Caution: Although Life Insurance Passes Outside of Probate, It is Still Considered Part of Your Gross Taxable Estate

We recently had one of our educational events, and a married couple asked me about their life insurance policies and whether taxes would be due when they die. I informed them that there are a lot of different type of taxes, but if they are talking about income taxes, then the answer is no, there are no income taxes on life insurance proceeds. However, the family said their question was about estate taxes, because they were under the impression that life insurance proceeds would pass to their loved ones outside of probate, and therefore no estate taxes would be involved. I told this family that, unfortunately, it depends on how the life insurance policies are owned.

I continued to discuss the financial assets and life insurance that this couple owned, and they informed me that they had approximately $15 million in assets between their home, vacation home, investment accounts, bank accounts, and life insurance. In addition, this couple informed me that they owned their life insurance policies. Unfortunately, I informed this family that they may have an estate and gift tax issue when they pass away.

In 2012, Congress amended the tax code, and you are allowed to pass up to $5.4 million in assets at your death without any estate tax being owed. However, Congress also amended the tax code to introduce and make a term called portability permanent. This is where the first spouse to pass away is allowed to transfer their unused estate tax exemption to the surviving spouse, and thereby provide the surviving spouse with a $10.8 million estate tax exemption. However, I explained to this couple, any amount over the $10.8 million exemption would be subject to the estate tax, which has a top tax rate of 40%.

I discussed with this couple that the $5 million in life insurance proceeds going to their three sons at their death would be included as part of the taxable estate and subject to the estate tax. I explained that $4.2 million of their estate would be subject to the estate tax, which is approximately $1.68 million in taxes that would be due within 9 months of the last spouse to pass away. Obviously, this husband and wife we were very concerned.

However, a possible solution that I presented to this couple was to set up an Irrevocable Life Insurance Trust or (ILIT) for short. I explained that because you own the life insurance policies with a $5 million death benefit, then this would be included in your gross taxable estate. However, we could transfer ownership of the $5 million life insurance policies to the name of the ILIT, thereby reducing your taxable estate to $10 million, and eliminating the $1.68 million in estate tax liability. However, I cautioned this couple, that there are some very important rules that we need to follow to ensure that this tax planning strategy is not voided by the IRS.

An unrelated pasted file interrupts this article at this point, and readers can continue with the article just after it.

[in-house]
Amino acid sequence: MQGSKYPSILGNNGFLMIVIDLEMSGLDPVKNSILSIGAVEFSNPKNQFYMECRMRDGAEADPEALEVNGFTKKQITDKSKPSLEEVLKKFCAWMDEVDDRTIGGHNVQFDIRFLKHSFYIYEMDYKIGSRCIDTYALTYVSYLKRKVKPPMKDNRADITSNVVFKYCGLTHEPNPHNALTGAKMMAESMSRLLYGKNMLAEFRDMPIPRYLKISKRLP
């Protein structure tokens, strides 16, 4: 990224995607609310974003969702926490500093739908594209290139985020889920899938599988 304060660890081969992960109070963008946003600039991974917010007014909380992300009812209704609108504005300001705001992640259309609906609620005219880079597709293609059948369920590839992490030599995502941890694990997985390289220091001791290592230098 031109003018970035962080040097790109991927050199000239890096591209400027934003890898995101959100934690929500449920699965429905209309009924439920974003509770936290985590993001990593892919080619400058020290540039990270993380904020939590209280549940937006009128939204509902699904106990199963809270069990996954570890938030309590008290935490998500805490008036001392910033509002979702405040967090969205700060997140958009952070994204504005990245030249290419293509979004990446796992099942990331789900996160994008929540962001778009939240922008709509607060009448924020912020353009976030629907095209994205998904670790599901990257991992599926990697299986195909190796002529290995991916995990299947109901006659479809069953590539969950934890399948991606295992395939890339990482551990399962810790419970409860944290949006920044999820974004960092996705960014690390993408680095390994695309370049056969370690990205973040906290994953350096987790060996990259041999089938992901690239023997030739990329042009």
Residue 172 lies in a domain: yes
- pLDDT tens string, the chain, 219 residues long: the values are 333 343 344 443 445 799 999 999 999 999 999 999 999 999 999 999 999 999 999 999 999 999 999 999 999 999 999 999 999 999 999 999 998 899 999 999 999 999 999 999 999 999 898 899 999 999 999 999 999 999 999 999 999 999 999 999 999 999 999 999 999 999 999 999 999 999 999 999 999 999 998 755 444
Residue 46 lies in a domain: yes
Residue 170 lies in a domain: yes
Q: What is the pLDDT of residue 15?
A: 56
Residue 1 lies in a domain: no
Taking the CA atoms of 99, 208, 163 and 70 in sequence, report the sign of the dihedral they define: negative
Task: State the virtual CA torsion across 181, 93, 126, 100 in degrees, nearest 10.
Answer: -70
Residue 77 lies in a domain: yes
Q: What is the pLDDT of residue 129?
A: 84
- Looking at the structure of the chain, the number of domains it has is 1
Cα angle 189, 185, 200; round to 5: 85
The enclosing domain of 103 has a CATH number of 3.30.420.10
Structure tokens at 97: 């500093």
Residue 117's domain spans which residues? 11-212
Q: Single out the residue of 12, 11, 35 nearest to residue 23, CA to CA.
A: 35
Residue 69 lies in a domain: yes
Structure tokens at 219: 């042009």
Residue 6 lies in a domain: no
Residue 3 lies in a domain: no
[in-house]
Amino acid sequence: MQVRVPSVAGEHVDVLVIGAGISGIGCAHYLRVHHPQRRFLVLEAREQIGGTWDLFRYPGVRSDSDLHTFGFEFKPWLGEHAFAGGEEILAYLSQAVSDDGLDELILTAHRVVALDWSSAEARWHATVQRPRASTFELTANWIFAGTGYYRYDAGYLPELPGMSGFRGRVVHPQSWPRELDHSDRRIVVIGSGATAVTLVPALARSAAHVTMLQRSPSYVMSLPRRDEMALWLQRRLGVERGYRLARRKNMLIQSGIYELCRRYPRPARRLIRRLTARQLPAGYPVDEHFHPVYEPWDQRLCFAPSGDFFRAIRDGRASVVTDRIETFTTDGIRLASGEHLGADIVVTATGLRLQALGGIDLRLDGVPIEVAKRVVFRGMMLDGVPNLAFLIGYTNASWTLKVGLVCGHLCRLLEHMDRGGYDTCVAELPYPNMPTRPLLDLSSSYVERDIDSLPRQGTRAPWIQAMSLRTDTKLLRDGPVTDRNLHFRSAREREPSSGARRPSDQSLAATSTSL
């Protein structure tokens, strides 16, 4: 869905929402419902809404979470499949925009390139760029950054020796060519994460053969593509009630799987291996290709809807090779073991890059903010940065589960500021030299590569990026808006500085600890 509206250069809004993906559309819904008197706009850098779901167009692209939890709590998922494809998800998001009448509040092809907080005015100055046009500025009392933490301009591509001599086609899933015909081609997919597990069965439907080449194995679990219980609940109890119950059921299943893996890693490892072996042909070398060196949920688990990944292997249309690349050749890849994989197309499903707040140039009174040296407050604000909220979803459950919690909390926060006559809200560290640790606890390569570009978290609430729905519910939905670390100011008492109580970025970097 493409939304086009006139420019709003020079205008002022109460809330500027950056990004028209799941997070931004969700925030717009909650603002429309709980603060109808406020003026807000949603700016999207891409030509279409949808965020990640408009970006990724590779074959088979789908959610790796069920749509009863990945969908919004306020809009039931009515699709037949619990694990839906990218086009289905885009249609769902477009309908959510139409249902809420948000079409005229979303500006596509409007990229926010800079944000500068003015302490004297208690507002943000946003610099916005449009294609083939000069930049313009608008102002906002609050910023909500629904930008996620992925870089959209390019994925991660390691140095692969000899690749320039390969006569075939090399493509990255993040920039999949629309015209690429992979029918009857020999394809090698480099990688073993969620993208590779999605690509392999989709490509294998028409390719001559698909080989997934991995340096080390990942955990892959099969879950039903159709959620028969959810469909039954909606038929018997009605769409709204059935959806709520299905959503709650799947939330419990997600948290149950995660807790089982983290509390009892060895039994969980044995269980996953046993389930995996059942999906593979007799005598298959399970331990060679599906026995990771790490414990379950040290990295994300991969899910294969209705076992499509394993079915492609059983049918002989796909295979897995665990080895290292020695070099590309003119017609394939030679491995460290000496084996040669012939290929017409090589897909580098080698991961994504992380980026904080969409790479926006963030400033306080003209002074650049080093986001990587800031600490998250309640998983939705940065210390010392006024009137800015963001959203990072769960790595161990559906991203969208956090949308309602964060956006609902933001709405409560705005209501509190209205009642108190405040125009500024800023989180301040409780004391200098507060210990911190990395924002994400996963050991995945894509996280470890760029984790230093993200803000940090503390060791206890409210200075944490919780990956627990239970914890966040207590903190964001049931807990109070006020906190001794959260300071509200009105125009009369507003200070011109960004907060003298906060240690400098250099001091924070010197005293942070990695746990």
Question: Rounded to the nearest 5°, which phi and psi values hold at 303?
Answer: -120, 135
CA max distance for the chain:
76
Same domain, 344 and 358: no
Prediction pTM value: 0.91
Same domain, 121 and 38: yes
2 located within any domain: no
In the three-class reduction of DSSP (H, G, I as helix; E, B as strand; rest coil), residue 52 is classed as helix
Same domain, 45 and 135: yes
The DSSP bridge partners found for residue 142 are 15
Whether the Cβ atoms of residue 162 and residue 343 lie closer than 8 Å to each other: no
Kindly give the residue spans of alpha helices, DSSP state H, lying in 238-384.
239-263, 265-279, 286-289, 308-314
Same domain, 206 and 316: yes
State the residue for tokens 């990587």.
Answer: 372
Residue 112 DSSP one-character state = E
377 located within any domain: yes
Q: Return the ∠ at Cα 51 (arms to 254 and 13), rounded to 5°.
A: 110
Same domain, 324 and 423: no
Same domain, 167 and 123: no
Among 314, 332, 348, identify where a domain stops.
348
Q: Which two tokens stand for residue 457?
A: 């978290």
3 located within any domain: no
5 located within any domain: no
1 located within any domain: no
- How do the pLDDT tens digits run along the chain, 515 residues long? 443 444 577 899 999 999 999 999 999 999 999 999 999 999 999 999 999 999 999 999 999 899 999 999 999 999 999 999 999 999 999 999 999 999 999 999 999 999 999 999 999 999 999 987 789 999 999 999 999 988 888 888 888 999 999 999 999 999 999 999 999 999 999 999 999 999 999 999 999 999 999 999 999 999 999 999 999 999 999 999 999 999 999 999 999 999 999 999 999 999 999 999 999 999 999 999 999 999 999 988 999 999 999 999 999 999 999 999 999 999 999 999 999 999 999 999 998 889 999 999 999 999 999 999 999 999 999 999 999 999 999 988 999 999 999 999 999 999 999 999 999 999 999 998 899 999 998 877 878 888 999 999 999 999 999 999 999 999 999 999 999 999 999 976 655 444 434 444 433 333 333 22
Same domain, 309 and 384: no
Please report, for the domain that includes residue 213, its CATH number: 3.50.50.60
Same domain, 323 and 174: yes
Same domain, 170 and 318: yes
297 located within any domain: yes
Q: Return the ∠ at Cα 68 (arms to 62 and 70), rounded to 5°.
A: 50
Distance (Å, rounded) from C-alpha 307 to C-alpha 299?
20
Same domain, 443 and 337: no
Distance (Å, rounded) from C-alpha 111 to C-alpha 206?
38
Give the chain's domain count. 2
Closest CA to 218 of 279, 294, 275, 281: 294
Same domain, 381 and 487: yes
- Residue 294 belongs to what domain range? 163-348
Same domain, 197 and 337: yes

First, the trust is irrevocable and you will not be able to have any control over the trust or these insurance policies. I explained that the IRS will not allow you to take advantage of these estate tax planning techniques if you maintain control over the life insurance policies or the ILIT in anyway. Instead, a separate trustee would manage the ILIT and maintain these life insurance policies.

Second, you can transfer up to $28,000 in joint assets to anyone as a gift without incurring any federal estate and gift tax consequences during your lifetime. Therefore, you can also transfer up to $28,000 of joint assets to the trustee of the ILIT in order to pay the annual premiums of these life insurance policies.

Finally, and most importantly, you need to live for at least 3 years after we set up the ILIT and transfer your existing life insurance policies to the trust. If you pass away before this 3 year period is over, then the IRS will invalidate the transfer and consider the life insurance policies as if you owned them at the time of your death, and bring that $5 million in proceeds back into your taxable estate.

However, I also explained that if their estate gets larger over the years, an ILIT can also be used as a relatively inexpensive way to pay estate taxes that will be due on the date of the death of the second spouse. For example, if your estate, minus the transferred life insurance grows to $15 million and you have $5 million in the ILIT. It may make sense for the ILIT to purchase another $1.75 million in life insurance for the purpose of paying the estate tax of $1.68 million that will be due on the date of death of the second spouse.

If you have questions about Irrevocable Life Insurance Trusts as a way to reduce estate taxes, or you have other questions about estate taxes and estate planning, then please feel free to reach out to me and I’d be happy to discuss these matters with you and your family. Also, if you would like to learn more about estate planning and probate in an educational environment, please reserve a spot at one of our upcoming live educational events or webinars that we have scheduled this month.

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